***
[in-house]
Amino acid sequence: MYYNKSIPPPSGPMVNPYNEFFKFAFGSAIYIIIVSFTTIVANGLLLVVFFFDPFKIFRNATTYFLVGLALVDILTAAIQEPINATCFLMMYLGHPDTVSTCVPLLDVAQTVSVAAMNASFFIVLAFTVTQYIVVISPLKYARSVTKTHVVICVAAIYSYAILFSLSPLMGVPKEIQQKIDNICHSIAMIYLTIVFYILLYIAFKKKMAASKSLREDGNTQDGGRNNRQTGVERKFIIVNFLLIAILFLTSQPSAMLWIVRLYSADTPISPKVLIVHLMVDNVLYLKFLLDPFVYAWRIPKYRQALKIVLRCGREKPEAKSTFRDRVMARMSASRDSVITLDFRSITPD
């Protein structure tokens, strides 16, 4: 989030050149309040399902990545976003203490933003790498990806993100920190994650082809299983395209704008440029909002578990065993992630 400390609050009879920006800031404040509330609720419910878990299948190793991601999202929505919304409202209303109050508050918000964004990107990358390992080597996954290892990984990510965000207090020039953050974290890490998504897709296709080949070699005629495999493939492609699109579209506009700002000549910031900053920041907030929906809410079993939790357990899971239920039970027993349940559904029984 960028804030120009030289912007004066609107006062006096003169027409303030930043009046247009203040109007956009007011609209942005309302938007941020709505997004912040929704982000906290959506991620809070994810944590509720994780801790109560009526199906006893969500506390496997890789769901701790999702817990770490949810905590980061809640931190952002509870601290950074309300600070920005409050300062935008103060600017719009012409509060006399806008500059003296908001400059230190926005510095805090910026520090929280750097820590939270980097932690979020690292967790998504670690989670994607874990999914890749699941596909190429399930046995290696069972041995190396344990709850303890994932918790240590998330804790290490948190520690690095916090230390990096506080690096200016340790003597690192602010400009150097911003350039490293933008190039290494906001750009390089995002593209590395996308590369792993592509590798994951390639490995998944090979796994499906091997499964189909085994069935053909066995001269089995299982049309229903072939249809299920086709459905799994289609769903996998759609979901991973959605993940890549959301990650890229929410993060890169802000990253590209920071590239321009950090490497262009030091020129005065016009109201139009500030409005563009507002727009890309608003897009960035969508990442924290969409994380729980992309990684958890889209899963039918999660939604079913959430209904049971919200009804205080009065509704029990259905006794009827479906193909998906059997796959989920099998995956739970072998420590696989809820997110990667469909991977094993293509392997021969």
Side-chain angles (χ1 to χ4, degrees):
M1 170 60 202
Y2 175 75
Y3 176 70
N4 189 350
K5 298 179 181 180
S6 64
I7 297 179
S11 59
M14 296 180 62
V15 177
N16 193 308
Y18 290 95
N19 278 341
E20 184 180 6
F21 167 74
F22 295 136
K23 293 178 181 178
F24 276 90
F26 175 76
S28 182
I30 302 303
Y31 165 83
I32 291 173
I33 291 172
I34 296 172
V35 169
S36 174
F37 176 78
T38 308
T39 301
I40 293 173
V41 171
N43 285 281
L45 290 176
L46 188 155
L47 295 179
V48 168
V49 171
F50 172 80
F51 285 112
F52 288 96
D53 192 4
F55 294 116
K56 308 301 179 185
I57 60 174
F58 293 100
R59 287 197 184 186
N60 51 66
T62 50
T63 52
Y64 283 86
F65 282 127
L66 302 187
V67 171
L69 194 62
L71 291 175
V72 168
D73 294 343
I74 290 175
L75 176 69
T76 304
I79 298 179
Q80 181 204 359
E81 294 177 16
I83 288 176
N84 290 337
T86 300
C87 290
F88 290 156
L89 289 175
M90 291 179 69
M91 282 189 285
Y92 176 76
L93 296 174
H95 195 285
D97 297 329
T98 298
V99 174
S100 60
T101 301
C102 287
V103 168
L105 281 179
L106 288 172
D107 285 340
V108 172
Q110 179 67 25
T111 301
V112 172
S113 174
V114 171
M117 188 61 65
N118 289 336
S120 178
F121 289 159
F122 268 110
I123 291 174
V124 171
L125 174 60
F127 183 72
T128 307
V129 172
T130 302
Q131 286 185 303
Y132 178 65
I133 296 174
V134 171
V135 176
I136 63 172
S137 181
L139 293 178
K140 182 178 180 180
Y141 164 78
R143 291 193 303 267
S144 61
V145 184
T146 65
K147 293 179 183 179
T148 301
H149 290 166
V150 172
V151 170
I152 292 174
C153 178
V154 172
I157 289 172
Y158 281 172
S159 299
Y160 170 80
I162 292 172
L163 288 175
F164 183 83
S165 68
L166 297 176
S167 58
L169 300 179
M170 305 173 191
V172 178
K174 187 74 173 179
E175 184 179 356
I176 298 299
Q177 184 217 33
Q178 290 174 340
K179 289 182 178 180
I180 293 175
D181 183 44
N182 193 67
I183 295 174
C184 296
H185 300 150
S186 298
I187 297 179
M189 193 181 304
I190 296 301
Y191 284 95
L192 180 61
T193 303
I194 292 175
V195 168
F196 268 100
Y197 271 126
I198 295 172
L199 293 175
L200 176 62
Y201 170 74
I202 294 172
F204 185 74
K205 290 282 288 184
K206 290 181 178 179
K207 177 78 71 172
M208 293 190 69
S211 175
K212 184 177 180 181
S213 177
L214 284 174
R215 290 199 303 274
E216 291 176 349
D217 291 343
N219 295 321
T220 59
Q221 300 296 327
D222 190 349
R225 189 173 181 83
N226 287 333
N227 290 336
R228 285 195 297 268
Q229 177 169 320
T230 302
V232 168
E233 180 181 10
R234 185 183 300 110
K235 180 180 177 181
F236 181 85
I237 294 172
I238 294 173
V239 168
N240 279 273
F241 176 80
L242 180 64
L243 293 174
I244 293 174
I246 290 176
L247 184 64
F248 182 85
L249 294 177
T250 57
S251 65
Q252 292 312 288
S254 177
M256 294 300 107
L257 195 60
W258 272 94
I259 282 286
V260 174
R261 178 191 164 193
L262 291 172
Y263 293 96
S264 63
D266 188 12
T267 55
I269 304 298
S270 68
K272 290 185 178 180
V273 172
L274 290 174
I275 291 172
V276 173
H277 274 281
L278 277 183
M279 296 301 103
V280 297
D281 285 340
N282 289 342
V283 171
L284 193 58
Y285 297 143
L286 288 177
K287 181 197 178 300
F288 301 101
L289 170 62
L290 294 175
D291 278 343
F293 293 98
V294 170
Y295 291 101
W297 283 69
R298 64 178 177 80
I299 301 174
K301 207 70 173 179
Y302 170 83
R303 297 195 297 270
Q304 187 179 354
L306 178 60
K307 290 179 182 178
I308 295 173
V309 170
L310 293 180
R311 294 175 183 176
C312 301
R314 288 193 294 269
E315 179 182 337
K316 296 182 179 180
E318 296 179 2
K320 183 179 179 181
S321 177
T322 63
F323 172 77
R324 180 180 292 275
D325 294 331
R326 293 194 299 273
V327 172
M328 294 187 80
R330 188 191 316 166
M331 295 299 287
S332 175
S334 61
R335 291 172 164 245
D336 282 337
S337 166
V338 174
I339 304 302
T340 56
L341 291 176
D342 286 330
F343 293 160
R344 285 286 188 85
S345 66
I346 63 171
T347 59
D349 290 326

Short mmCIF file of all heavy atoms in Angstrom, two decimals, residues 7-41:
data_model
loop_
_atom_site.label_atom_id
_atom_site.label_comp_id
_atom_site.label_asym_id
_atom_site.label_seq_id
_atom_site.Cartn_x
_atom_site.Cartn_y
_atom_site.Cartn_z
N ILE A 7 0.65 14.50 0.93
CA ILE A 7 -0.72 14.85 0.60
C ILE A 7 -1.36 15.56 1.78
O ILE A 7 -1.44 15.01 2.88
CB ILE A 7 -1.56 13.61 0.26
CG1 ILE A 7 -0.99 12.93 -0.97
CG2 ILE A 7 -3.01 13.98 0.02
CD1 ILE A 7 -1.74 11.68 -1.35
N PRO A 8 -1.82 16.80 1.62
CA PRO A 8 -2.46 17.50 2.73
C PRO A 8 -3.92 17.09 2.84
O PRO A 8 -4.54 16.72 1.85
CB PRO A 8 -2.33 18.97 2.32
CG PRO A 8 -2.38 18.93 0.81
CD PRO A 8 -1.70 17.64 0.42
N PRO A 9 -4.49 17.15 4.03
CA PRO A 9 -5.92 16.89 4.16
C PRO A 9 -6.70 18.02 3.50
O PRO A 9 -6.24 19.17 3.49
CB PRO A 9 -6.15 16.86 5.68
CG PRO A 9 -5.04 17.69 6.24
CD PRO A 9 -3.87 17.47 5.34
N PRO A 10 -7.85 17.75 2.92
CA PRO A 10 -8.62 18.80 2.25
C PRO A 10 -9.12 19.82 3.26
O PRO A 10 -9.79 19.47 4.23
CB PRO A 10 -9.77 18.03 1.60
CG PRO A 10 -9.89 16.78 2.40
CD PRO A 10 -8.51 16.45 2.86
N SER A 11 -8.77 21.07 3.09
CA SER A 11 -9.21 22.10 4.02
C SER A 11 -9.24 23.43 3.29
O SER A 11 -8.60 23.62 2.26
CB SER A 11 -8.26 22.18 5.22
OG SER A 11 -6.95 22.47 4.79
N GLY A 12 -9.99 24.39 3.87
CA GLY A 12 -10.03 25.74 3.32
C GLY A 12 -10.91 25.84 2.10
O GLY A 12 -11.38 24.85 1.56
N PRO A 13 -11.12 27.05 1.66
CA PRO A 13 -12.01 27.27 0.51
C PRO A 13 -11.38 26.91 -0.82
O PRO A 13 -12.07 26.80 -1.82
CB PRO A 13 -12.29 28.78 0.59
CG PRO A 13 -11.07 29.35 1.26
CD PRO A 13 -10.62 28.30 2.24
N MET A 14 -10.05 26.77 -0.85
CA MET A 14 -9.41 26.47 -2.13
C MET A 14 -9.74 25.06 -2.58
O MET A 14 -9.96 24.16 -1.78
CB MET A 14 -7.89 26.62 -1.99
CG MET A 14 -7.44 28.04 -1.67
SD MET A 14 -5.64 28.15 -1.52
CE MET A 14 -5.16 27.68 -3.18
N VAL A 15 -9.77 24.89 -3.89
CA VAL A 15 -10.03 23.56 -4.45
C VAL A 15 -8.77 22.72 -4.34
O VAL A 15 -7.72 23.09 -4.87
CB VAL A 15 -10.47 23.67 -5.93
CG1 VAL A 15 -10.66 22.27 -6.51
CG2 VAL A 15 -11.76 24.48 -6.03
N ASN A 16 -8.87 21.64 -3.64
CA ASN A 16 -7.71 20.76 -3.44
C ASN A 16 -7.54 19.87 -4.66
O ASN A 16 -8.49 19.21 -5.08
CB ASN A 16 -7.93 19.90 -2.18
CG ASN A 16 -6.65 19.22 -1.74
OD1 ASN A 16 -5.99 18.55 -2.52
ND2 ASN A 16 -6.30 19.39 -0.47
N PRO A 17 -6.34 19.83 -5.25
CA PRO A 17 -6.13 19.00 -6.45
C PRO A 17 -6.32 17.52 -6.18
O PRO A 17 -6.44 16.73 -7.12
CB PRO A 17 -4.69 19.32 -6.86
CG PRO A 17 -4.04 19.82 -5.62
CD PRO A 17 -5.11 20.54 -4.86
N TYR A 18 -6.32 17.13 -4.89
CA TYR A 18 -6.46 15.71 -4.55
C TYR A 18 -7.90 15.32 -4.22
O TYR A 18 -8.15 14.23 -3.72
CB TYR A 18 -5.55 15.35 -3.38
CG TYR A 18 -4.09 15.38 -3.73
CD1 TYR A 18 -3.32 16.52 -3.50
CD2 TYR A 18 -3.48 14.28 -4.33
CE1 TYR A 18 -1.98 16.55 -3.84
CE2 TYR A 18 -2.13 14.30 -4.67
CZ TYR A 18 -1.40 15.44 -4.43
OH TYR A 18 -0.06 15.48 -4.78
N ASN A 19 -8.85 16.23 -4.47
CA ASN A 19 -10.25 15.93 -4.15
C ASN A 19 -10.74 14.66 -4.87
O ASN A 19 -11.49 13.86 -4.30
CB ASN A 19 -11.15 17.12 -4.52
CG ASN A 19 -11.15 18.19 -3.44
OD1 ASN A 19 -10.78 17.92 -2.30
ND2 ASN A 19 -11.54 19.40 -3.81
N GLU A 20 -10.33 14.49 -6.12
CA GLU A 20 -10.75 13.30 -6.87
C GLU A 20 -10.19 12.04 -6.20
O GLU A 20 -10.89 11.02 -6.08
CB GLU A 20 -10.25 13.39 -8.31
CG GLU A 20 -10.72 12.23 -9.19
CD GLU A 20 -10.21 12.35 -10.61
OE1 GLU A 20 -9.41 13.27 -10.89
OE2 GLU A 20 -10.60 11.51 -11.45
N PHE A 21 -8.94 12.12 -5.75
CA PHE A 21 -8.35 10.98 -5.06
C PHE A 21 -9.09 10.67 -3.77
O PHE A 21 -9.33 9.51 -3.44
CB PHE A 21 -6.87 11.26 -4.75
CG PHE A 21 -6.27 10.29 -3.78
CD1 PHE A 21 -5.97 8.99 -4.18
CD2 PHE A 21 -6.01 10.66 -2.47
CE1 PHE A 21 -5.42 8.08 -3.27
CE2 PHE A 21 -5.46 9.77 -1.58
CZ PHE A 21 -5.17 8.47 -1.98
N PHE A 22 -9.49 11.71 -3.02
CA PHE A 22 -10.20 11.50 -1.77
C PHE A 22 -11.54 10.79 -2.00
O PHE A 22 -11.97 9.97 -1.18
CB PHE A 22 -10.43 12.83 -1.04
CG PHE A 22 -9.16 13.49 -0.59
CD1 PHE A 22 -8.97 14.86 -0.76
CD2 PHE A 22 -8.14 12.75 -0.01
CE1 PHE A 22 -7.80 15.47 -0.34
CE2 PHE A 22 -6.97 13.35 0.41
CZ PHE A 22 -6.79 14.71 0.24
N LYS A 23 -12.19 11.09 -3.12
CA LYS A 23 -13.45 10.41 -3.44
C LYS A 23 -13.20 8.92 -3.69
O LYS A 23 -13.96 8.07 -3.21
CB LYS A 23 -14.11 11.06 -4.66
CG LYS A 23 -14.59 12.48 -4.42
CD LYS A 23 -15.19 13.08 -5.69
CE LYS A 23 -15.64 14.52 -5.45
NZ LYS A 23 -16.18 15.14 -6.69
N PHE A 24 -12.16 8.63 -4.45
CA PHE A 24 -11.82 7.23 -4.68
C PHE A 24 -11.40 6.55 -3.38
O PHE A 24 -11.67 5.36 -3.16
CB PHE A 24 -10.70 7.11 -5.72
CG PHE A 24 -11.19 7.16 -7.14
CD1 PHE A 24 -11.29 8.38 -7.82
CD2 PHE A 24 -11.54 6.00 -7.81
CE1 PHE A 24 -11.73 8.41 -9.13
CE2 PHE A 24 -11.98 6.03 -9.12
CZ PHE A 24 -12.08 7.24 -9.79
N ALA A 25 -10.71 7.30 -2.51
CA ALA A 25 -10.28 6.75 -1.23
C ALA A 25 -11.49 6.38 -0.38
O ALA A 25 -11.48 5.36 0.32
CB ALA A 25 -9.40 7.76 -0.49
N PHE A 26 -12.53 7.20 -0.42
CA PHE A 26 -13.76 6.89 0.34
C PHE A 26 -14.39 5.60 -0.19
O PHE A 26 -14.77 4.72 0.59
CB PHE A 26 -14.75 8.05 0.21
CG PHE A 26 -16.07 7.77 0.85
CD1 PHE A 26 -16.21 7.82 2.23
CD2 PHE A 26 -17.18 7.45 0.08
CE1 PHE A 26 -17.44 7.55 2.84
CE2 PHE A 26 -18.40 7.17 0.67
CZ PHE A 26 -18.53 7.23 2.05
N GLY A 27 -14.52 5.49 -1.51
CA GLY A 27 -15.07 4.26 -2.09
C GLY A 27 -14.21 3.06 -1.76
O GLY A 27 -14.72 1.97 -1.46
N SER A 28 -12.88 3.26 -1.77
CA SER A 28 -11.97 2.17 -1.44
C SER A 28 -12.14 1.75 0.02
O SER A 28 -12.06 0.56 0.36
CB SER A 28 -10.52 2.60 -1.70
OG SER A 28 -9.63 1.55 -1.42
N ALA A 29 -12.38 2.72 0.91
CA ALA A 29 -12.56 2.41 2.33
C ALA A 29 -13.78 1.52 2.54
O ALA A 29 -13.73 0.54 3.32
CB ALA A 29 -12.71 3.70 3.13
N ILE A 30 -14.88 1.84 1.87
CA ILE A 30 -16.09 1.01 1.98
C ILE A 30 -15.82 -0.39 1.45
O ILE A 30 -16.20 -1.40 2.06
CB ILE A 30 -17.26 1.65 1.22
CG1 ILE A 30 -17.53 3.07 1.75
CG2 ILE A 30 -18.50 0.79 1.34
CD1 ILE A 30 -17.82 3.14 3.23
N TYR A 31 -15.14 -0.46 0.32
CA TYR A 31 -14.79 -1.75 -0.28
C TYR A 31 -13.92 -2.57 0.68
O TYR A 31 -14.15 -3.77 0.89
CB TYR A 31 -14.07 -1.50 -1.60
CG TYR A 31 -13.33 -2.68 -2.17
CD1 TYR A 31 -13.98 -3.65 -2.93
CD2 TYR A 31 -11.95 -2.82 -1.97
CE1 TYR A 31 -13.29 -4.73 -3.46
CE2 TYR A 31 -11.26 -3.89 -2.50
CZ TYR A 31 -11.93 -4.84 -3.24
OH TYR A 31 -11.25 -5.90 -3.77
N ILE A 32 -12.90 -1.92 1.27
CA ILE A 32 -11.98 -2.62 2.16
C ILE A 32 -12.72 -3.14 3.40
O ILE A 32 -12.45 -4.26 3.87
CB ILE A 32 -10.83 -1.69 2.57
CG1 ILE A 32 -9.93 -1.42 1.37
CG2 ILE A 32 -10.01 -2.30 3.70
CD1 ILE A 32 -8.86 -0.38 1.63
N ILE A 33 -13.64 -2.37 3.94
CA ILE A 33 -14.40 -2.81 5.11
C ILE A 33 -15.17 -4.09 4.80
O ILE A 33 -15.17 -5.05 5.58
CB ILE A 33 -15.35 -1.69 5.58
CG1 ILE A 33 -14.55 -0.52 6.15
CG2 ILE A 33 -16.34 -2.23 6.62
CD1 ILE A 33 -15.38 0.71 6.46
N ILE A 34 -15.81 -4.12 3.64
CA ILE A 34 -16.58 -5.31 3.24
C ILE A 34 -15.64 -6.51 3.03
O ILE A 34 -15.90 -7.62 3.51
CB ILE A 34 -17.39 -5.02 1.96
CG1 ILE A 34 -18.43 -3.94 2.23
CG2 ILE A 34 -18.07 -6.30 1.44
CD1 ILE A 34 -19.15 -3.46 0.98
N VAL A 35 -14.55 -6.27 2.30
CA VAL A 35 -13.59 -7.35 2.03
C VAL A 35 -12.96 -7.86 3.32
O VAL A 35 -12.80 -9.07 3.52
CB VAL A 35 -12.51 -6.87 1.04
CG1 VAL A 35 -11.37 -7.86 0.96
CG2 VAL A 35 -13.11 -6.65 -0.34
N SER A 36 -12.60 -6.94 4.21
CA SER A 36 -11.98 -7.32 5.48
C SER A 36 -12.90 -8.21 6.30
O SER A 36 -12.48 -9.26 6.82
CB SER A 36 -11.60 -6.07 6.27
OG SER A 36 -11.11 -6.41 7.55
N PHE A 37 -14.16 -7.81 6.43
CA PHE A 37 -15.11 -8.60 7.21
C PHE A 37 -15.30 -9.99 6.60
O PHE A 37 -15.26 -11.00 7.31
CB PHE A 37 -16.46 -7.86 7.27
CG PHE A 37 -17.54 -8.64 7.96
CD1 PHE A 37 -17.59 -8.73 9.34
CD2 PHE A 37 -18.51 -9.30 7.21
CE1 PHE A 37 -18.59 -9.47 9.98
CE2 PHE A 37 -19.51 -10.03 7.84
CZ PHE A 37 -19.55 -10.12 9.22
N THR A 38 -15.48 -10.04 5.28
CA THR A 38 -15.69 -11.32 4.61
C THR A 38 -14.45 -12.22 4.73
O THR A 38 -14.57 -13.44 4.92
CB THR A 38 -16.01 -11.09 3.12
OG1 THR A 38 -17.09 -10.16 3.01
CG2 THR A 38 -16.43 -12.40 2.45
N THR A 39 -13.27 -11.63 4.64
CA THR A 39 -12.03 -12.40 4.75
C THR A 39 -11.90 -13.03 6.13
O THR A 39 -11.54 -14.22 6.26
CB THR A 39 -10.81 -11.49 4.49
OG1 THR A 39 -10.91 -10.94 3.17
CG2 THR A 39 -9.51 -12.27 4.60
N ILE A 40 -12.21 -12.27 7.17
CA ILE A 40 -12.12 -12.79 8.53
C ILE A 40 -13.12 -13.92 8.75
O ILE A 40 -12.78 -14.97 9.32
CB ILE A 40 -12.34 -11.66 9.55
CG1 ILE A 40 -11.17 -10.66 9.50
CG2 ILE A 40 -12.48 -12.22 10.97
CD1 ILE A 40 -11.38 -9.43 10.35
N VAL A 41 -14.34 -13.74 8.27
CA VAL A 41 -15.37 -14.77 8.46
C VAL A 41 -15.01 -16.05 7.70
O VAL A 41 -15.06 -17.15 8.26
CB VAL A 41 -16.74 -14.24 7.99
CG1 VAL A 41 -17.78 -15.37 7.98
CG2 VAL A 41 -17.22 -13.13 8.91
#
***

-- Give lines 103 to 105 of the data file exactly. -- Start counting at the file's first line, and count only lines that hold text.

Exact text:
L125 174 60
F127 183 72
T128 307